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HUD settles suit over Katrina housing program

Cain Burdeau

NEW ORLEANS – The U.S. Department of Housing and Urban Development said last week that it would hand out $62 million to 1,460 Louisiana homeowners to settle a lawsuit that alleged a Hurricane Katrina rebuilding program was unfair to blacks and left many people unable to rebuild in neighborhoods like the Lower 9th Ward after the 2005 storm.

The agreement ends a lawsuit filed in 2008 in federal court in Washington, D.C., by five homeowners and housing advocates over the way grants were handed out by the Road Home program. The suit alleged Road Home discriminated against blacks because it calculated the worth of a home on housing values prior to Katrina’s assault on the Gulf Coast.

Many blacks lived in neighborhoods such as the Lower 9th Ward where housing values were depressed before Katrina and therefore did not get enough money to rebuild after the storm when the price of materials and labor skyrocketed.

“One of the things we recognize here is that the way the Road Home was implemented was a piece of the problem,” said Shaun Donovan, the HUD secretary. “Coming up on six years (since Katrina hit) is simply too long to wait to get back into your home.”

Donovan said the new funds would help 1,460 homeowners in four Louisiana parishes – Orleans, Plaquemines, St. Bernard and Cameron. He said 1,200 of the homeowners to get help are in New Orleans. People in Cameron Parish were hit by another storm, Hurricane Rita, which struck western Louisiana about a month after Katrina.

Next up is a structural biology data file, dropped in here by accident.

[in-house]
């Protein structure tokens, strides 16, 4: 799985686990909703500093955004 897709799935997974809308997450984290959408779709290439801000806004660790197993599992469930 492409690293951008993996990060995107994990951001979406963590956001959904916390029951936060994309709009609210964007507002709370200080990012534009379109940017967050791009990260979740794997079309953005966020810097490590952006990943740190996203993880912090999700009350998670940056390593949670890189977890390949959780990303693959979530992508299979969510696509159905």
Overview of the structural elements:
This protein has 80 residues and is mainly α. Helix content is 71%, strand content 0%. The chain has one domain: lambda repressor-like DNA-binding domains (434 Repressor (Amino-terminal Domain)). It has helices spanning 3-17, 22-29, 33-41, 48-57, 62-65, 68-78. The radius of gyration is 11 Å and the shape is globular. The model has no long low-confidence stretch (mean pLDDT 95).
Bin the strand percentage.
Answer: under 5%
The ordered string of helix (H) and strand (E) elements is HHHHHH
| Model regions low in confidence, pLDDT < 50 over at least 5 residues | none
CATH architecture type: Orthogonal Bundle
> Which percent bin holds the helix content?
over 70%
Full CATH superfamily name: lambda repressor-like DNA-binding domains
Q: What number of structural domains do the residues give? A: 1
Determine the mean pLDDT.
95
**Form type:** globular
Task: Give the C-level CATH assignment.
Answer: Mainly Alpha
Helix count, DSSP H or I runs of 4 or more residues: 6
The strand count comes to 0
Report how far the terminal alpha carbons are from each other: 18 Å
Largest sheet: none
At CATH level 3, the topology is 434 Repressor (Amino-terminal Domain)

The suit was filed against HUD and the Louisiana Recovery Authority, a state agency set up to handle recovery dollars and rebuilding plans after Katrina struck the Gulf Coast on Aug. 29, 2005. Katrina demolished inadequate levees and floodwalls built by the Army Corps of Engineers that protected New Orleans and parts of the surrounding metropolitan area. Most of New Orleans was flooded and remained under water for weeks.

In the wake of the storm, Congress set aside billions of dollars to help the region rebuild and the Road Home program was a critical part of rebuilding plans. Under the program, residents could apply for up to $150,000 to help them rebuild their homes. So far, about $8.8 billion has been handed out to 128,568 homeowners, according to state figures.

But the Road Home program was beset with a multitude of problems and bureaucratic delays. Among the problems, many hurricane victims said the grants were inadequate to fix their homes and many residents complained that the program’s grant formula was flawed.

“The Road Home, in our opinion, was a road block to many New Orleanians,” said James Perry, the head of the Greater New Orleans Fair Housing Action Center, a housing advocacy group that backed the suit.

His group cited as an example one of the black plaintiffs who received a $1,400 Road Home grant for her home.    

In the past two years, the Obama administration and state officials have tweaked the program’s requirements to help thousands of homeowners get the money they needed to finish rebuilding their homes, Donovan said. For example, he said thousands of homeowners were helped when a $50,000 cap on additional Road Home funds was lifted for low-income applicants struggling to rebuild.

Paul Rainwater, Louisiana’s commissioner of administration, said lifting the cap and pushing other programs helped scores of hurricane victims rebuild.

“In neighborhoods all across south Louisiana — but particularly in New Orleans – rebuilt homes are sprouting up, returning people to their communities, jobs and schools,” he said.

Although much of New Orleans has been reoccupied and rebuilt, many neighborhoods remain scarred by Katrina.

Perry, the housing advocate, said thousands of hurricane victims would not be helped by the new funds. He estimated between 5,000 and 20,000 homeowners remain in need of more help to rebuild.

But aid is running out, he said. He said that about $28 million will be left over in Road Home funds once the $62 million is spent to settle the suit.

“It will require creativity to help people as these funds continue to wane,” he said.

U.S. Rep. Cedric Richmond, D-La., welcomed the HUD settlement but said much more needs to be done. “The settlement represents progress on this issue,” he said. “Unfortunately, for some storm survivors, this decision is too little too late.”

Associated Press